Control of tissue oxygenation by S-nitrosohemoglobin in human subjects
Data supporting the publication "Control of tissue oxygenation by S-nitrosohemoglobin in human subjects" Abstract: S-Nitrosohemoglobin (SNO-Hb) is unique among vasodilators in coupling blood flow to tissue oxygen requirements, thus fulfilling an essential function of the microcirculation. However, this essential physiology has not been tested clinically. Reactive hyperemia following limb ischemia/occlusion is a standard clinical test of microcirculatory function, which has been ascribed to endothelial nitric oxide (NO). However, endothelial NO does not control blood flow governing tissue oxygenation, presenting a major quandary. Here we show in mice and humans that reactive hyperemic responses (i.e., reoxygenation rates following brief ischemia/occlusion) are in fact dependent on SNO-Hb. First, mice deficient in SNO-Hb (i.e., carrying C93A mutant Hb refractory to S-nitrosylation) showed blunted muscle reoxygenation rates and persistent limb ischemia during reactive hyperemia testing. Second, in a diverse group of humans—including healthy subjects and patients with various microcirculatory disorders—strong correlations were found between limb reoxygenation rates following occlusion and both arterial SNO-Hb levels (n = 25; P = 0.042) and SNO-Hb/total HbNO ratios (n = 25; P = 0.009). Secondary analyses showed that patients with peripheral artery disease had significantly reduced SNO-Hb levels and blunted limb reoxygenation rates compared with healthy controls (n = 8 to 11/group; P < 0.05). Low SNO-Hb levels were also observed in sickle cell disease, where occlusive hyperemic testing was deemed contraindicated. Altogether, our findings provide both genetic and clinical support for the role of red blood cells in a standard test of microvascular function. Our results also suggest that SNO-Hb is a biomarker and mediator of blood flow governing tissue oxygenation. Thus, increases in SNO-Hb may improve tissue oxygenation in patients with microcirculatory disorders. Mouse summary data, and individual mouse pO2 traces. Human clinical summary data, and individual NIRS measurement files.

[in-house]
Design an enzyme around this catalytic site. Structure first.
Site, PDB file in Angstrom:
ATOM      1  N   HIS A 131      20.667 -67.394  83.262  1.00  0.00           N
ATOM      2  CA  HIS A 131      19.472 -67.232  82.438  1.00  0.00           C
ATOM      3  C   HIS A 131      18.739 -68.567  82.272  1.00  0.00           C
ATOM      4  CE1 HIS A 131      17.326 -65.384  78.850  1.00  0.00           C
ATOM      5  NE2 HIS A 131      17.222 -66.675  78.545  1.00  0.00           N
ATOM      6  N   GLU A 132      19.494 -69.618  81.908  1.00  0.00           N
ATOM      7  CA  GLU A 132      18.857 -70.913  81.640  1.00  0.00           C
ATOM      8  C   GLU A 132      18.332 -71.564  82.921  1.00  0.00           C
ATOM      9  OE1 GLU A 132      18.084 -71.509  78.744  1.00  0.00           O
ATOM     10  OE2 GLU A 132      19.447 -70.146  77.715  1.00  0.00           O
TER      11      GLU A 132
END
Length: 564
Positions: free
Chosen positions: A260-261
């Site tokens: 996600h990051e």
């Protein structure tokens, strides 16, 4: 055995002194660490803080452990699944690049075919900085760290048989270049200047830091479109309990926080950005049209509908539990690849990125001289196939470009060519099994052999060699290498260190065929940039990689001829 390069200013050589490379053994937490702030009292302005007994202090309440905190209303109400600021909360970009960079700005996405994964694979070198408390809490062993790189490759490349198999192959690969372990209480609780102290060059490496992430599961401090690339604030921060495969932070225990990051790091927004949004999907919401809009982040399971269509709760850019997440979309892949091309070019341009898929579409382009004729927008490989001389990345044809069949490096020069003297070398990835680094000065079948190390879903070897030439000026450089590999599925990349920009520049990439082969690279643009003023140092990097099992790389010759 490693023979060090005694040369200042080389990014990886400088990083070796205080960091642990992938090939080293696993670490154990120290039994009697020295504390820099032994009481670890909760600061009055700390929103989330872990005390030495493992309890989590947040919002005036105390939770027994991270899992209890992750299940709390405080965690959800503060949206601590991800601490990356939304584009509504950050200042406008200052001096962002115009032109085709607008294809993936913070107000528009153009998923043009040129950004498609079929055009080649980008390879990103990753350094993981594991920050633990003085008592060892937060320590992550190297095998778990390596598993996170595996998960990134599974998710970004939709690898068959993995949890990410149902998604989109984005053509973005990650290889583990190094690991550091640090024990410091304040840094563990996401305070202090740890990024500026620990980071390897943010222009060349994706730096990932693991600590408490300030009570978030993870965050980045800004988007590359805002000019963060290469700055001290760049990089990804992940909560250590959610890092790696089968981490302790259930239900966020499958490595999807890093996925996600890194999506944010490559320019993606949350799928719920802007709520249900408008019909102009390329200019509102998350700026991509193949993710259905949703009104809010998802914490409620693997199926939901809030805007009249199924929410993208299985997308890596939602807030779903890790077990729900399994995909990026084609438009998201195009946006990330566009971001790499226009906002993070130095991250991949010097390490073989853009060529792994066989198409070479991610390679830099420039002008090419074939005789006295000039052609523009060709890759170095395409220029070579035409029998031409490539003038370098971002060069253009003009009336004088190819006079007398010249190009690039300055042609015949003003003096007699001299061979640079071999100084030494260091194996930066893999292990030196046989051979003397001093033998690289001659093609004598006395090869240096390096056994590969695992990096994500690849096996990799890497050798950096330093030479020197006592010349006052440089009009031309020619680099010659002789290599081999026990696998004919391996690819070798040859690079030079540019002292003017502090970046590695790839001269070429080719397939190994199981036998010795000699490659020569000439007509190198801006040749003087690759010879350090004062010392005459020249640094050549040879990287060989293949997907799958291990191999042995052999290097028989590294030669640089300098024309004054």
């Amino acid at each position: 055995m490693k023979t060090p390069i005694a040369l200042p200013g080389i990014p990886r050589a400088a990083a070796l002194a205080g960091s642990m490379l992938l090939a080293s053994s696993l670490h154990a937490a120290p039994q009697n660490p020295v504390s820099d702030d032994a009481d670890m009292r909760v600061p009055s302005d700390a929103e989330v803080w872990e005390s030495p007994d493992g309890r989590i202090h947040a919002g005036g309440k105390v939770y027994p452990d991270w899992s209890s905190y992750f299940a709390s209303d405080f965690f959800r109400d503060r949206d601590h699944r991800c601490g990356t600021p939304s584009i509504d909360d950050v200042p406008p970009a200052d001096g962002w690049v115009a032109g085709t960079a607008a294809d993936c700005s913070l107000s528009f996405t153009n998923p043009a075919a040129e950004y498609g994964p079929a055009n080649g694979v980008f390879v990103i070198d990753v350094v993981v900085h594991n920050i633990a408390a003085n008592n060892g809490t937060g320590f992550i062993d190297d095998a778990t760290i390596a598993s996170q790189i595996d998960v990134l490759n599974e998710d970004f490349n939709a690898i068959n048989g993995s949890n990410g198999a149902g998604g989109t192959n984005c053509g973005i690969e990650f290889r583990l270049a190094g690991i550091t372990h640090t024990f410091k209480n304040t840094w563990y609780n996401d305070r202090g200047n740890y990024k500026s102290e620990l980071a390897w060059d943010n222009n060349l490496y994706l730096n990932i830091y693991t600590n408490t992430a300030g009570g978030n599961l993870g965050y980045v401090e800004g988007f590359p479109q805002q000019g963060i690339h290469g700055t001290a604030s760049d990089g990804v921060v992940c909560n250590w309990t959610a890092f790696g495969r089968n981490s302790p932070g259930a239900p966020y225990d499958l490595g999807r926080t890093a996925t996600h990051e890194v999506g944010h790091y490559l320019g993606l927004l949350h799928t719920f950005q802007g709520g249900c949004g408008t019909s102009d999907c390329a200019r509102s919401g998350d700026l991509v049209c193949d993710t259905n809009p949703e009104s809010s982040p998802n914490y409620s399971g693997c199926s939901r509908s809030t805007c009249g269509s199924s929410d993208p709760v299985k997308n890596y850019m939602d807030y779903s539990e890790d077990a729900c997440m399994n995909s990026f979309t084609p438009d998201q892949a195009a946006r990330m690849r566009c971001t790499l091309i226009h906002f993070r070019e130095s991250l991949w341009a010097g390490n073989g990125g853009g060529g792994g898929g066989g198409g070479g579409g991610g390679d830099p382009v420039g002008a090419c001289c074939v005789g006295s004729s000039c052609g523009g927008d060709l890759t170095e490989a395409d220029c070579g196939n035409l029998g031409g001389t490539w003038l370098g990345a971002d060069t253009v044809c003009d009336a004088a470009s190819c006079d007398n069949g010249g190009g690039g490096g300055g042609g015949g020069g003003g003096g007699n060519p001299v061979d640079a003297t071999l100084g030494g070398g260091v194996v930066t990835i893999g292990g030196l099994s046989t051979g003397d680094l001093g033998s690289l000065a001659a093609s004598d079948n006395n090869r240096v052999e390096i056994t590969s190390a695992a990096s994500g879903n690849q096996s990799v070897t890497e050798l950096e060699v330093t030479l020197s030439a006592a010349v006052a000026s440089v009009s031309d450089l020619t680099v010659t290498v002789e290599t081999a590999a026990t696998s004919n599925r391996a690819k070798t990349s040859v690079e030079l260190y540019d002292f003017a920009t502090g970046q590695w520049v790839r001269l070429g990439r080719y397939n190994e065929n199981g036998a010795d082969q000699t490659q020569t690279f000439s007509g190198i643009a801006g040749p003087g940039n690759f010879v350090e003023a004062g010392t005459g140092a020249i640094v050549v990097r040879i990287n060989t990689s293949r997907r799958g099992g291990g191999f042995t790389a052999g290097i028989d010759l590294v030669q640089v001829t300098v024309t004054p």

Novartis Institutes for BioMedical Research
American Heart Association-Allen Brain Health Initiative
National Heart, Lung, and Blood Institute